Realignments Add to Busy Summer Moving Season

WASHINGTON, March 30, 2011 — With a busier-than-usu­al mil­i­tary mov­ing sea­son about to kick into high gear, offi­cials are ask­ing ser­vice mem­bers to book their mov­ing dates ear­ly and to keep flex­i­bil­i­ty in mind when doing so.
The mil­i­tary moved more than 230,000 ship­ments last sum­mer alone, and this year offi­cials are expect­ing even more due to the base realign­ment and clo­sure process, said John John­son, chief of the per­son­al prop­er­ty branch for the Army’s Mil­i­tary Sur­face Deploy­ment and Dis­tri­b­u­tion Com­mand. The com­mand is the lead agent for the Defense Department’s Per­son­al Prop­er­ty Pro­gram.

John­son said he’s expect­ing an addi­tion­al 10,000 moves this sum­mer due to base realign­ments and clo­sures. Though that’s just a 3 per­cent increase to the pro­ject­ed num­ber of sum­mer­time moves, it’s an extra 3 per­cent at an already chal­leng­ing time of year, he not­ed.

The peri­od between Memo­r­i­al Day and Labor Day is com­mon­ly known to mil­i­tary-savvy peo­ple as “PCS sea­son,” which refers to per­ma­nent-change-of-sta­tion moves. With school out for the sum­mer, or about to be, many par­ents view that stretch of time as the least dis­rup­tive for a fam­i­ly move, John­son explained, and set their sights on mov­ing over Memo­r­i­al Day or Fourth of July week­ends to take advan­tage of the extra days off.

But this mov­ing clus­ter can cre­ate a back­log for offi­cials, John­son said. On aver­age, the mil­i­tary moves about 600,000 ship­ments a year, and more than a third of those moves take place over the sum­mer.

“The biggest chal­lenge is expec­ta­tion man­age­ment,” he added. “Mov­ing in the sum­mer sea­son is already dif­fi­cult, and most peo­ple are set on mov­ing on hol­i­day week­ends. It’s always a chal­lenge when vol­ume exceeds capac­i­ty. We need to ensure we have enough trucks and crews to move peo­ple.”

Keep­ing the busy upcom­ing sea­son in mind, offi­cials began a review of the mov­ing process in August, John­son said. They focused much of their effort on work­ing the kinks out of the Defense Per­son­al Prop­er­ty Sys­tem, a com­put­er­ized mov­ing man­age­ment sys­tem for mil­i­tary mem­bers and Defense Depart­ment civil­ians. Last sum­mer marked the first time the major­i­ty of house­hold ship­ments were moved through that sys­tem, he added.

While the new sys­tem proved suc­cess­ful, users ran into a few stum­bling blocks along the way, John­son said, cit­ing the elec­tron­ic claims process as an exam­ple.

Pre­vi­ous­ly, the “sub­mit” but­ton for the elec­tron­ic claims form was locat­ed only at the top of the page. Peo­ple would fill out the form, and then fail to real­ize they had to scroll back up to sub­mit the claim, he said. And by the time they real­ized their over­sight, they had missed the 75-day fil­ing dead­line.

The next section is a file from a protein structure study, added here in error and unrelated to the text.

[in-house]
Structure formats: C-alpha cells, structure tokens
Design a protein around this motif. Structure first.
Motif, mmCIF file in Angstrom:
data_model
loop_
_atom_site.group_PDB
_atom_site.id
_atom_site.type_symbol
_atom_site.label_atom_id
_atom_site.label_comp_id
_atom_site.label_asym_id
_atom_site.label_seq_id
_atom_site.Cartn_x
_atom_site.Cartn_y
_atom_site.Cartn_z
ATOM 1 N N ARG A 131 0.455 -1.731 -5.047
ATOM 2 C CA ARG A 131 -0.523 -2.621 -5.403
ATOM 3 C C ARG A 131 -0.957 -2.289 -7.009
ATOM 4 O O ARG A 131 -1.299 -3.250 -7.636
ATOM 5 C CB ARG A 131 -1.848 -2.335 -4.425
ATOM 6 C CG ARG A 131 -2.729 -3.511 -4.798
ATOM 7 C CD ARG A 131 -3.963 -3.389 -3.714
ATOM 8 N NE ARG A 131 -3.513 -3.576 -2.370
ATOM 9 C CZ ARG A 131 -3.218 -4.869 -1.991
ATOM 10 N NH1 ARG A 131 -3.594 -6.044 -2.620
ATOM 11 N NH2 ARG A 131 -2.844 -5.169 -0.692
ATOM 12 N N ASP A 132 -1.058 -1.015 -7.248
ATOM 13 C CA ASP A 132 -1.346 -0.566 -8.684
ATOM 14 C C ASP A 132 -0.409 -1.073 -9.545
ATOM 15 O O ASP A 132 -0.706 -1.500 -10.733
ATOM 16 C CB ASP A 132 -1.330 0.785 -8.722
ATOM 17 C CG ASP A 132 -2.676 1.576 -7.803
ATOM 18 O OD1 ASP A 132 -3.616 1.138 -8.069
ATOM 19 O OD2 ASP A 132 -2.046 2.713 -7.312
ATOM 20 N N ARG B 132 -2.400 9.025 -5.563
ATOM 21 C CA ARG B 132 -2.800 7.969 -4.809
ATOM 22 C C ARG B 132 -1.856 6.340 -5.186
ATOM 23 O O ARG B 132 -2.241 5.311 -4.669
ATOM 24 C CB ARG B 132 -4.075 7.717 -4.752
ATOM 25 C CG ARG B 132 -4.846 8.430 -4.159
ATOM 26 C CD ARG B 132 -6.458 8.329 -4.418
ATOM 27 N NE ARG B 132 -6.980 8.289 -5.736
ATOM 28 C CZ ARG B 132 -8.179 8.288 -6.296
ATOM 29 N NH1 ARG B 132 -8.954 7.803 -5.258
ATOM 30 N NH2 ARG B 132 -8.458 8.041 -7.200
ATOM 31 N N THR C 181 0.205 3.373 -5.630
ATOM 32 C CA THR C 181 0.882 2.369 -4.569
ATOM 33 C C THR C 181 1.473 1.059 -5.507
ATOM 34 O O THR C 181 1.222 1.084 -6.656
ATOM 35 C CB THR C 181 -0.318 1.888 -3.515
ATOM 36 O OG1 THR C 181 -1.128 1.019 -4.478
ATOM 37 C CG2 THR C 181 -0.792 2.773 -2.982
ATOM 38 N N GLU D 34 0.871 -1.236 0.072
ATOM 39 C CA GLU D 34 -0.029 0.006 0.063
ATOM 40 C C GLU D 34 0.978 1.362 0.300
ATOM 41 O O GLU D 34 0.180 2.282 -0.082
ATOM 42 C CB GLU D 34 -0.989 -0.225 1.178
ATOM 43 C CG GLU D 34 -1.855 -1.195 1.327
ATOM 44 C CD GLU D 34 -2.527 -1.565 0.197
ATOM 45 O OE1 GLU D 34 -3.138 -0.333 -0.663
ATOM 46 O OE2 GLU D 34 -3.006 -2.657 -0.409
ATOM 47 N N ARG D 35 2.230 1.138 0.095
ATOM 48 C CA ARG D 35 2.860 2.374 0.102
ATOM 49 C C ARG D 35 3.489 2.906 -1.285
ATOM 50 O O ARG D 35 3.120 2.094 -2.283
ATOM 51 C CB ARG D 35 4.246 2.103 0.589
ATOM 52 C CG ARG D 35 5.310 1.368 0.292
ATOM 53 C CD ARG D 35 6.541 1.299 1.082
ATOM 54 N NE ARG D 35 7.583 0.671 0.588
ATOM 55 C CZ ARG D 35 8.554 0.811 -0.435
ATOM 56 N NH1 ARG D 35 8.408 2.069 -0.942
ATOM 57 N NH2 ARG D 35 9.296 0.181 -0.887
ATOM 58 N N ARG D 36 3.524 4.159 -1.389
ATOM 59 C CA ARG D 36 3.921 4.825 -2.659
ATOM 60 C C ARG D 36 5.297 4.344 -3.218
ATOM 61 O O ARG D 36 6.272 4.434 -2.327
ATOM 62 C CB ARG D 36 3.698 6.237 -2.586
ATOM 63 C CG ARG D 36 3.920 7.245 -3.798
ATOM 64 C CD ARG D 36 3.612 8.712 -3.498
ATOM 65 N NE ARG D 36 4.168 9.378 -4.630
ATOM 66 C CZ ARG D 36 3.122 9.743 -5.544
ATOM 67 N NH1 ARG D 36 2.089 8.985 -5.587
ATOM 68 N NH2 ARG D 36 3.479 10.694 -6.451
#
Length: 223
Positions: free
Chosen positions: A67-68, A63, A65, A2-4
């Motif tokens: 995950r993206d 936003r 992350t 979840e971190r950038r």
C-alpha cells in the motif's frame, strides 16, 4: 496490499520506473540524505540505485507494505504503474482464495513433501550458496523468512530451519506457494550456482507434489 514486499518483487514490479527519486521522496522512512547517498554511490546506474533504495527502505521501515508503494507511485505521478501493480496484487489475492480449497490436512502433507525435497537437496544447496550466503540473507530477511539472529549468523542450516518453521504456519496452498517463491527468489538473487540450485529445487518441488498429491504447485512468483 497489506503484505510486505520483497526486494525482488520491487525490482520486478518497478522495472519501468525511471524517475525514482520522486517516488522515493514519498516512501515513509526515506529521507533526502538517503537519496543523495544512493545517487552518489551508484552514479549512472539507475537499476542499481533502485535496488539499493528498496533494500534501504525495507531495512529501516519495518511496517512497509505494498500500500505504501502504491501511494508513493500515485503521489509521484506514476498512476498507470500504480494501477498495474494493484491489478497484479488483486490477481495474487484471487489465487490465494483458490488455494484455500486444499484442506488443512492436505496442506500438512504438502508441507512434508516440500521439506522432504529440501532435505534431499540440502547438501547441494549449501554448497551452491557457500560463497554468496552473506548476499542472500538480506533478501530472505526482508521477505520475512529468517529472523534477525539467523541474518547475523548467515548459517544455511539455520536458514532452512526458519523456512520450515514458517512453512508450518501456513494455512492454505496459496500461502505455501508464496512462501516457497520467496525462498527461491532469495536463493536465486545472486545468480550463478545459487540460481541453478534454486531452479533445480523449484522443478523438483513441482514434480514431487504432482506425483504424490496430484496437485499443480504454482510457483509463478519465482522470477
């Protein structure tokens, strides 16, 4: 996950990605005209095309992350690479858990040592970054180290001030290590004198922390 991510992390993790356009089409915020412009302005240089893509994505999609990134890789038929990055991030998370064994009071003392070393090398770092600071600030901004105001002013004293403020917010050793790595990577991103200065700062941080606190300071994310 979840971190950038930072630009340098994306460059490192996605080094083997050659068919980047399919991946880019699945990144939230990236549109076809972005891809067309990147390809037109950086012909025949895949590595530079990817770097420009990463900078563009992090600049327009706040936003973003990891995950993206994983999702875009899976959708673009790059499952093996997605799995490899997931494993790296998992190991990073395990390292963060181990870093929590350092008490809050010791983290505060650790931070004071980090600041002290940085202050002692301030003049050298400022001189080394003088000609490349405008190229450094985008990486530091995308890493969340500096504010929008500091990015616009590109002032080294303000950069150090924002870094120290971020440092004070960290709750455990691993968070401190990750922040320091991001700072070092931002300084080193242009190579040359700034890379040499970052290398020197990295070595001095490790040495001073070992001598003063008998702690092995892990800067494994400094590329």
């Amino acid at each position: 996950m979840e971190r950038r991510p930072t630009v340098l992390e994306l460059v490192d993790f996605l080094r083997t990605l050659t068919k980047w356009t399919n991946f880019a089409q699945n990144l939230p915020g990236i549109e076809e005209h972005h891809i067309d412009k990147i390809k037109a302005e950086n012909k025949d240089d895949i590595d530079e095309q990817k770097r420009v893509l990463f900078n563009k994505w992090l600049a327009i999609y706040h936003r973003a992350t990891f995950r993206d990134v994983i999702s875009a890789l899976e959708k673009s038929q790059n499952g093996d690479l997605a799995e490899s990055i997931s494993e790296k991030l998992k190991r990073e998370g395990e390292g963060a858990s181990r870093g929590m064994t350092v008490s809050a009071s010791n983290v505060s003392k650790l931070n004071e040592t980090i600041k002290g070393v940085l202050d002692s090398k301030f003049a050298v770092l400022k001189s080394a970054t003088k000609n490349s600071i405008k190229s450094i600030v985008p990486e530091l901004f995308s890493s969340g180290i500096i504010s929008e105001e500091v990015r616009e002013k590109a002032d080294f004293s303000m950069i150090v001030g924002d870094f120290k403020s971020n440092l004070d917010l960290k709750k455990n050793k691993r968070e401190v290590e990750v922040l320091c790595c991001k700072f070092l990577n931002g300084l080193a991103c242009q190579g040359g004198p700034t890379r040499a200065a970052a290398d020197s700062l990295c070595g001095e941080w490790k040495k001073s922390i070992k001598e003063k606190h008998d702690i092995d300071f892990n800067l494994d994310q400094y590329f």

“Some folks got upset -– right­ful­ly so,” John­son said. “We’re mak­ing a big effort to fix this and some oth­er issues.”

John­son said a sys­tem redesign is in the works, but in the mean­time, he rec­om­mends that peo­ple watch the video post­ed on http://www.move.mil, which explains in detail how to nav­i­gate the online claim sys­tem.

Offi­cials also have direct­ed train­ing efforts at mov­ing experts, John­son said, includ­ing the intro­duc­tion of a webi­nar series that cov­ers the stor­age and tran­sit process for per­son­al prop­er­ty ship­ment offices and car­ri­ers.

Among efforts to increase capac­i­ty, offi­cials now allow car­ri­ers to use portable move­ment stor­age con­tain­ers sim­i­lar to those used for com­mer­cial ship­ments, John­son said. In the past, he explained, the mil­i­tary required house­hold goods to be moved in “loose loaded” or in wood­en crates with spe­cif­ic dimen­sions. How­ev­er, in the com­mer­cial sec­tor, car­ri­ers use mul­ti­ple types of con­tain­ers.

“We’re now allow­ing car­ri­ers to use what con­tain­ers they nor­mal­ly use to move mil­i­tary mem­bers,” he said. By doing so, he added, offi­cials hope to increase the capac­i­ty of car­ri­ers qual­i­fied to con­duct mil­i­tary moves.

These improve­ments will help, John­son said, but the sheer num­ber of peo­ple mov­ing over the sum­mer calls for some extra pre­plan­ning mea­sures. Peo­ple need to book moves ear­ly, par­tic­u­lar­ly if they want to lock down a hol­i­day week­end. And, above all, he said, they should remain flex­i­ble on dates.

When peo­ple are noti­fied of a move, John­son said, the first stop should be their local per­son­al prop­er­ty ship­ment office, and then the Move.Mil web­site. Mil­i­tary One­Source also offers fam­i­lies a host of online mov­ing resources, includ­ing “Plan My Move,” which fea­tures a mov­ing cal­en­dar and trav­el and arrival check­lists, and “Mil­i­tary Instal­la­tions,” which links fam­i­lies to infor­ma­tion about their new base and the local com­mu­ni­ty.

Source:
U.S. Depart­ment of Defense
Office of the Assis­tant Sec­re­tary of Defense (Pub­lic Affairs)

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